6. Installing the Graphviz visualization tool. The TinyOS environment includes nesdoc, a tool that automatically generates HTML documentation from source code. Part of this process involves drawing diagrams that show the relationships between different TinyOS components. Graphviz is an open source tool that nesdoc uses to draw the diagrams.

Step 1: Install Java 1.6 JDK


Download and install Sun's 1.6 JDK from http://java.sun.com.

Step 2: Install Cygwin

This step is required for Windows installations only. If you are installing on Linux, skip to step 3.

We have put online the cygwin packages that we've confirmed to be compatible with TinyOS. The instructions below use those packages. You can also upgrade your cygwin environment according to the instructions at www.cygwin.com and your environment will most likely work. A large number of TinyOS users, upgrade their cygwin packages at least monthly from cygnus. However, since we can't test what packages are compatible as they become available daily, we can't confirm that today's set will work.

    1. Download cygwin-files.zip and unzip it under some local folder say c:/cygwin-files
    2. Go to c:/cygwin-files and start the setup. Use following instructions.
    1. When it ask for "Choose A download source", then use "Install from Local Directory" option
    2. When it ask for "Select Root Install Director" then use following options.
      Root Directory: c:\cygwin (or some other directory without spaces in its name)
      Install for: All Users
      Default Text file type: Unix/Binary
    3. When it ask for "Select local Package directory" then select "c:/cygwin-files" (Note: this location depends on where you have unzip cygwin-files.zip, in step-1 above we have used c:/cygwin-files)
    4. Complete the rest of installation process

Some notes:

  • You might see a message explaining that you need to reboot because some files are in use. This most likely means that your cygwin DLL is loaded and in-use and, therefore, cannot be replaced. When you reboot, the new DLL will be loaded.

  • Related to the above warnings, if you see warnings about the cygwin1.dll not being found, don't worry. All will be well once you reboot and the right DLL is loaded.

  • You will need the packages rpm, make and perl which are not installed by default. For a complete installation, flex, bison and python are required, too.

Step 3: Install native compilers

Install the appropriate version of the following (Windows or Linux, avr or msp430 or both) with the rpm command 'rpm -ivh rpm>'. On windows, if you get an error claiming that the rpm was intended for a cygwin_nt-5.1 operating system and you're indeed on a windows computer, bypass the erroneous error by using 'rpm -ivh --ignoreos rpmname'.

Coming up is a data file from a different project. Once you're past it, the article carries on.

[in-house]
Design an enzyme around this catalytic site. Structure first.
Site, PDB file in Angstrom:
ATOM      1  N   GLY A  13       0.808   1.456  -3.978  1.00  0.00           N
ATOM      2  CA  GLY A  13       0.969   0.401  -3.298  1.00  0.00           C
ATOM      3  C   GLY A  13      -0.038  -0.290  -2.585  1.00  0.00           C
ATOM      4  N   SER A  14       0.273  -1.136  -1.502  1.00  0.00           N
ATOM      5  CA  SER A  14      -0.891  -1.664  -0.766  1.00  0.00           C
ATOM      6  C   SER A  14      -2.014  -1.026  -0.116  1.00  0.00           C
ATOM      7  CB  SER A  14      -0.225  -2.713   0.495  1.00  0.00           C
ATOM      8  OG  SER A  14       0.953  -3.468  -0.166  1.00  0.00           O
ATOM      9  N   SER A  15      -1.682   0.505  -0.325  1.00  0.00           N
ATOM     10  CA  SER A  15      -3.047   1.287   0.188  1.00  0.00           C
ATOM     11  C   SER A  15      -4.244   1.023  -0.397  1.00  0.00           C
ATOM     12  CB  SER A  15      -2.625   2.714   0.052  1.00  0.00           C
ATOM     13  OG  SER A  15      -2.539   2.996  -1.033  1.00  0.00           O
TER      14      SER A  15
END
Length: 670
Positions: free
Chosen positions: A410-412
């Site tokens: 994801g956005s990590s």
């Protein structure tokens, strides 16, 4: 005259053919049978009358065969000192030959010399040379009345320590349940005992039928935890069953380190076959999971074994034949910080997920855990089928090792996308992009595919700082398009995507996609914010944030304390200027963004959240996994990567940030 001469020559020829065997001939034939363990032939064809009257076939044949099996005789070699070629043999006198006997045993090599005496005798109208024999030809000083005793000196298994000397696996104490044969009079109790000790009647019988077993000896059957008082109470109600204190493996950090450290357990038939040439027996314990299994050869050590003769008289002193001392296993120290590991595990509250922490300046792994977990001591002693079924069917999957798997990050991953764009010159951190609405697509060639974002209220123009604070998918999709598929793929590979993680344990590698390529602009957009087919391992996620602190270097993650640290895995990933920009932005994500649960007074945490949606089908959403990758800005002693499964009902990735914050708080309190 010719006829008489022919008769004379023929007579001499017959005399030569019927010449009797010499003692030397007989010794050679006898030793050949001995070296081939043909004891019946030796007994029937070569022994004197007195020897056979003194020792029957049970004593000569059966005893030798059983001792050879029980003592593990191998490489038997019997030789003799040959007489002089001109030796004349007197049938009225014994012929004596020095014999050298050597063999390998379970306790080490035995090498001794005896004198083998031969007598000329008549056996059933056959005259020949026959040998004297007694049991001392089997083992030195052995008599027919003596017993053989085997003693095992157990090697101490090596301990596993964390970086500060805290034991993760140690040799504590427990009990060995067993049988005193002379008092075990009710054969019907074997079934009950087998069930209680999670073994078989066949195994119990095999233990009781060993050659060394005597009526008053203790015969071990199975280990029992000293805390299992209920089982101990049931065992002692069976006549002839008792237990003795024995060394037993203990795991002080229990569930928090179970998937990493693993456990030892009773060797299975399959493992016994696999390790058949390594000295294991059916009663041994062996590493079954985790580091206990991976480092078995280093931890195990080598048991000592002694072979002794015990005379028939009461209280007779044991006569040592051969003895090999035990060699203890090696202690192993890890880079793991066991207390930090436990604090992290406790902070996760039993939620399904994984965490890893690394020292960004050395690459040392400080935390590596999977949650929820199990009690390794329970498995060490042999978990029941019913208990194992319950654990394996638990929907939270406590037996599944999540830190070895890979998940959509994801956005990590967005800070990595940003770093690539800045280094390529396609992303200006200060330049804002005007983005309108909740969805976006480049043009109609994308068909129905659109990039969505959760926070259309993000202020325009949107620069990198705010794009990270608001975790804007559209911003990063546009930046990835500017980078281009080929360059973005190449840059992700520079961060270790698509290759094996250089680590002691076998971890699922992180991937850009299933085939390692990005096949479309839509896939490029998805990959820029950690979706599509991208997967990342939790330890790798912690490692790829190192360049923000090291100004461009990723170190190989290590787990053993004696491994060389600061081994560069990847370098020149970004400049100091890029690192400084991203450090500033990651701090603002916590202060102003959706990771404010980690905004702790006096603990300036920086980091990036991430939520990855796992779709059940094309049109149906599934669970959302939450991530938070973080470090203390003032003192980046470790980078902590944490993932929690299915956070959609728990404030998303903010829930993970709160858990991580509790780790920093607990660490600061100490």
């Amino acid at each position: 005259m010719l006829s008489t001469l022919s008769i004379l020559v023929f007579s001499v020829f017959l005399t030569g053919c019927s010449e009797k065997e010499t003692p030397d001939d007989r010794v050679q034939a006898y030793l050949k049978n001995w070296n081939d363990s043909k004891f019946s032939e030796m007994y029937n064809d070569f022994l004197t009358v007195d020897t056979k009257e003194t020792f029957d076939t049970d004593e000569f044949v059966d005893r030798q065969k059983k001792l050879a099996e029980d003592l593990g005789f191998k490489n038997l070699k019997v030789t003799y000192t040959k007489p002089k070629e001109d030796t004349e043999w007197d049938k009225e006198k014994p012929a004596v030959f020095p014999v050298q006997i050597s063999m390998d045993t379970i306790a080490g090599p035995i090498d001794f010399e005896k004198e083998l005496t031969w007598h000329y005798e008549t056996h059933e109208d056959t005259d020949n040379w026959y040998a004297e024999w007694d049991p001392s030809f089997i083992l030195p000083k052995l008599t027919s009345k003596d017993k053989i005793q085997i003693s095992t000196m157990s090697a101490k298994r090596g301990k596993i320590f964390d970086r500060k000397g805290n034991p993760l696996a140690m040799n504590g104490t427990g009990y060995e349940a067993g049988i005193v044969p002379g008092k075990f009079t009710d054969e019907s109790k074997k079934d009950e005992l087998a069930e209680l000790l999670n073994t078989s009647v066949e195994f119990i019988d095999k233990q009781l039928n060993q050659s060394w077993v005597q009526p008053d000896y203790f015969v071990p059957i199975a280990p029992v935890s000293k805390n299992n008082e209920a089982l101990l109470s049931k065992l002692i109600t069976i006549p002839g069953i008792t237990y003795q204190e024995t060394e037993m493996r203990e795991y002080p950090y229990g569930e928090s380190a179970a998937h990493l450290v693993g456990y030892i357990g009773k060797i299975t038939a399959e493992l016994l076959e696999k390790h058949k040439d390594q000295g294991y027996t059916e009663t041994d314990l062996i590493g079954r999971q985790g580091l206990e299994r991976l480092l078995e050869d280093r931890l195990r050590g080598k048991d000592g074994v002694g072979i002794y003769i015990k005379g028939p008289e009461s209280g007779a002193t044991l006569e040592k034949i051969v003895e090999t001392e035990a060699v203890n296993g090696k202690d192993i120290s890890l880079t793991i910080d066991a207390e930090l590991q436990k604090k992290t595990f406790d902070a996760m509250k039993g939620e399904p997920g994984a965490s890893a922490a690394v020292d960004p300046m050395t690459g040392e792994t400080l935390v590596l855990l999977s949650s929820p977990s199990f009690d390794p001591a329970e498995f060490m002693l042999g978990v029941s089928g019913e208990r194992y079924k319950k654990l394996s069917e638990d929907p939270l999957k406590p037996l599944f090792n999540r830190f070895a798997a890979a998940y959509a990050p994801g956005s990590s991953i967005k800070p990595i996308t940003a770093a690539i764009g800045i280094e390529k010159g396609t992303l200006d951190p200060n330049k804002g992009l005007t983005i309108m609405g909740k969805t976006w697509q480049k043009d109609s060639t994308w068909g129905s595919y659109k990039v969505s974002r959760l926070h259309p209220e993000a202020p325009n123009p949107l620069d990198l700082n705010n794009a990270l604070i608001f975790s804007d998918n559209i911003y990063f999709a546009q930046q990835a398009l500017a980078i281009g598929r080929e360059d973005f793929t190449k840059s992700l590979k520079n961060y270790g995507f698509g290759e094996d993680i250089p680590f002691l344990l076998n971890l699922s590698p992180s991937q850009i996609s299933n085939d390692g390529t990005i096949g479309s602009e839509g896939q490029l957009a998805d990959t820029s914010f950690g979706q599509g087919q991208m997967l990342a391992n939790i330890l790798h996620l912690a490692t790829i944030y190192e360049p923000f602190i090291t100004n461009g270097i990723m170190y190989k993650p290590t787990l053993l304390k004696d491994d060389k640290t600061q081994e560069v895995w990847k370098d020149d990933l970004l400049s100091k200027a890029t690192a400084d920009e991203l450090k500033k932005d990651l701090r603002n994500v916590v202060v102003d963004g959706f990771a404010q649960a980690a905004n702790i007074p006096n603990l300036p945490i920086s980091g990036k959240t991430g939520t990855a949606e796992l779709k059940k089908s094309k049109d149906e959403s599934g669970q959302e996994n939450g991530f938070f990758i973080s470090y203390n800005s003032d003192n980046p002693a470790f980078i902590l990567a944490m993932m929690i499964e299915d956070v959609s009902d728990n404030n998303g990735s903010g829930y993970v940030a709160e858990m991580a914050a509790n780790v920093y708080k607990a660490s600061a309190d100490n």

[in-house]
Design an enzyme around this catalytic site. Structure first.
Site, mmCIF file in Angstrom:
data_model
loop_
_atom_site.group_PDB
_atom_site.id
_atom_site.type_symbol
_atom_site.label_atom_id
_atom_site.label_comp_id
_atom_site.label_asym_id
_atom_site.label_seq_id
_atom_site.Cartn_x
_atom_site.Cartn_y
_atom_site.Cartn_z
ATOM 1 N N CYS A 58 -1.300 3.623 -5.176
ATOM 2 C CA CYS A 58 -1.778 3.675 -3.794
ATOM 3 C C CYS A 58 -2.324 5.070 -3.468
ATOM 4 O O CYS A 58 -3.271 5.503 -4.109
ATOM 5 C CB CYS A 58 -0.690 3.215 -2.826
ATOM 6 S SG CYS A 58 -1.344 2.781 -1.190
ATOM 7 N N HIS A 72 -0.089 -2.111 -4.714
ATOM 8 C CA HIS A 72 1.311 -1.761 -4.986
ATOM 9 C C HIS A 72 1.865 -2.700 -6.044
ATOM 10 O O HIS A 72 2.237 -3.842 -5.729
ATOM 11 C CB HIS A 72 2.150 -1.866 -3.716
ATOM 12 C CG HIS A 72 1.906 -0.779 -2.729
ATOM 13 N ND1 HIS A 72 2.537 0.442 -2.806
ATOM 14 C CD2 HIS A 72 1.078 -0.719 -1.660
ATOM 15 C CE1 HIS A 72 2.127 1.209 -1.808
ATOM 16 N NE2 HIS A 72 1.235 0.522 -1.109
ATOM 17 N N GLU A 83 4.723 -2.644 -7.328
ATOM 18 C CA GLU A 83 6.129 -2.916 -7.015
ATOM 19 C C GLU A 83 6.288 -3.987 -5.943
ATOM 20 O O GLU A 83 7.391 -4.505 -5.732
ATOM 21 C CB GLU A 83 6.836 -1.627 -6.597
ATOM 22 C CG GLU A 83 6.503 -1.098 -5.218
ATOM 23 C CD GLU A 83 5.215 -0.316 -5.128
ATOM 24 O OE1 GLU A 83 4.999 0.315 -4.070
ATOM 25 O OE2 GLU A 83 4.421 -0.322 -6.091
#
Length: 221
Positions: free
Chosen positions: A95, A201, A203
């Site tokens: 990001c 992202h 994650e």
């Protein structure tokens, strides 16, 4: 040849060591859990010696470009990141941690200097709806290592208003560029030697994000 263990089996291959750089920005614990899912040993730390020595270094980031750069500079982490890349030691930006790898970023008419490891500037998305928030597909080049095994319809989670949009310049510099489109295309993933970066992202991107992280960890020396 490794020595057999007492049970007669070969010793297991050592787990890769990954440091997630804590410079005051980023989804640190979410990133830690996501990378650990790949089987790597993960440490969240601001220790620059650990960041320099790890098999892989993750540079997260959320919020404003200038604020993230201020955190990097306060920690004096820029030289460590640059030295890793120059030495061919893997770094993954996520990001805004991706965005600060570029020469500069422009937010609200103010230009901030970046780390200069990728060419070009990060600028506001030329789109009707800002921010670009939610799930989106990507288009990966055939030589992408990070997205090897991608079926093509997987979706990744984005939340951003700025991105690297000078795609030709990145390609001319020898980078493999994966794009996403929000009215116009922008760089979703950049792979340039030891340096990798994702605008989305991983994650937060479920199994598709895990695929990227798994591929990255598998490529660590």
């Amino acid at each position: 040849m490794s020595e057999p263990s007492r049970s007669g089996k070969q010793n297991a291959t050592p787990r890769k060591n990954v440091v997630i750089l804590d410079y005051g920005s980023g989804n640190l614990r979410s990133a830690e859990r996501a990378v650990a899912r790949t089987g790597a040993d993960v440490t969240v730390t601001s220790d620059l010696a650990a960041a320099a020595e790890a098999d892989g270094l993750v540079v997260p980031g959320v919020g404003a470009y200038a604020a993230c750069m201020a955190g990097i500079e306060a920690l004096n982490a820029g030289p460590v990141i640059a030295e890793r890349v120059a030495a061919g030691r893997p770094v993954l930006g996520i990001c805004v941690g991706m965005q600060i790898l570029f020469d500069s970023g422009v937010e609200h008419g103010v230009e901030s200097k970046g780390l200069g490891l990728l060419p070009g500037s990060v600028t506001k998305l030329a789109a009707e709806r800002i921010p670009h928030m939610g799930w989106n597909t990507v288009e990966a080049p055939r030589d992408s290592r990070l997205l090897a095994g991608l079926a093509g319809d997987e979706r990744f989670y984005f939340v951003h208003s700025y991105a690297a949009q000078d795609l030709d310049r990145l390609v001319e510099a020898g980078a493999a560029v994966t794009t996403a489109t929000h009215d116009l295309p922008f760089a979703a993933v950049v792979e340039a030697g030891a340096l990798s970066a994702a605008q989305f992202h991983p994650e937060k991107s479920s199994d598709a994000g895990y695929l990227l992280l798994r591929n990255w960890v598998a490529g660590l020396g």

Atmel AVR Tools

Tool Windows/Cygwin Linux
avr-binutils avr-binutils-2.17tinyos-3.cygwin.i386.rpm avr-binutils-2.17tinyos-3.i386.rpm
avr-gcc avr-gcc-4.1.2-1.cygwin.i386.rpm avr-gcc-4.1.2-1.i386.rpm
avr-libc avr-libc-1.4.7-1.cygwin.i386.rpm avr-libc-1.4.7-1.i386.rpm
avarice avarice-2.4-1.cygwin.i386.rpm avarice-2.4-1.i386.rpm
insight (avr-gdb) avr-insight-6.3-1.cygwin.i386.rpm avr-insight-6.3-1.i386.rpm
avrdude†† avrdude-tinyos-5.6cvs-1.cygwin.i386.rpm avrdude-tinyos-5.6cvs-1.i386.rpm

If you receive an rpm error that indicates that you have a newer version already installed, try rpm -Uvh --force
††If you receive an rpm error that indicates that you are missing /bin/sh, try rpm -Uvh --force --nodeps


PXA27x Tools (iMote2)
Tool Windows/Cygwin Linux
xscale-elf-binutils xscale-elf-binutils-2.15tinyos-1.cygwin.i386.rpm xscale-elf-binutils-2.15-2.i386.deb
xscale-elf-gcc xscale-elf-gcc-3.4.3-1.cygwin.i386.rpm xscale-elf-gcc-3.4.3-2.i386.deb
xscale-elf-newlibc xscale-elf-newlib-1.11.0tinyos-1.cygwin.i386.rpm xscale-elf-newlib-1.13.0-1.i386.deb
jtag jflashmm.tgz OpenOCD toolchain

Copy jflashmm.tgz to /opt directory, untar it (tar xzf jflashmm.tgz), and make sure it's on your path (see Step 5).


TI MSP430 Tools
Tool Windows/Cygwin Linux
base msp430tools-base-0.1-20050607.cygwin.i386.rpm msp430tools-base-0.1-20050607.i386.rpm
python tools msp430tools-python-tools-1.0-1.cygwin.noarch.rpm msp430tools-python-tools-1.0-1.noarch.rpm
binutils msp430tools-binutils-2.16-20050607.cygwin.i386.rpm msp430tools-binutils-2.16-20050607.i386.rpm
gcc msp430tools-gcc-3.2.3-20050607.cygwin.i386.rpm msp430tools-gcc-3.2.3-20050607.i386.rpm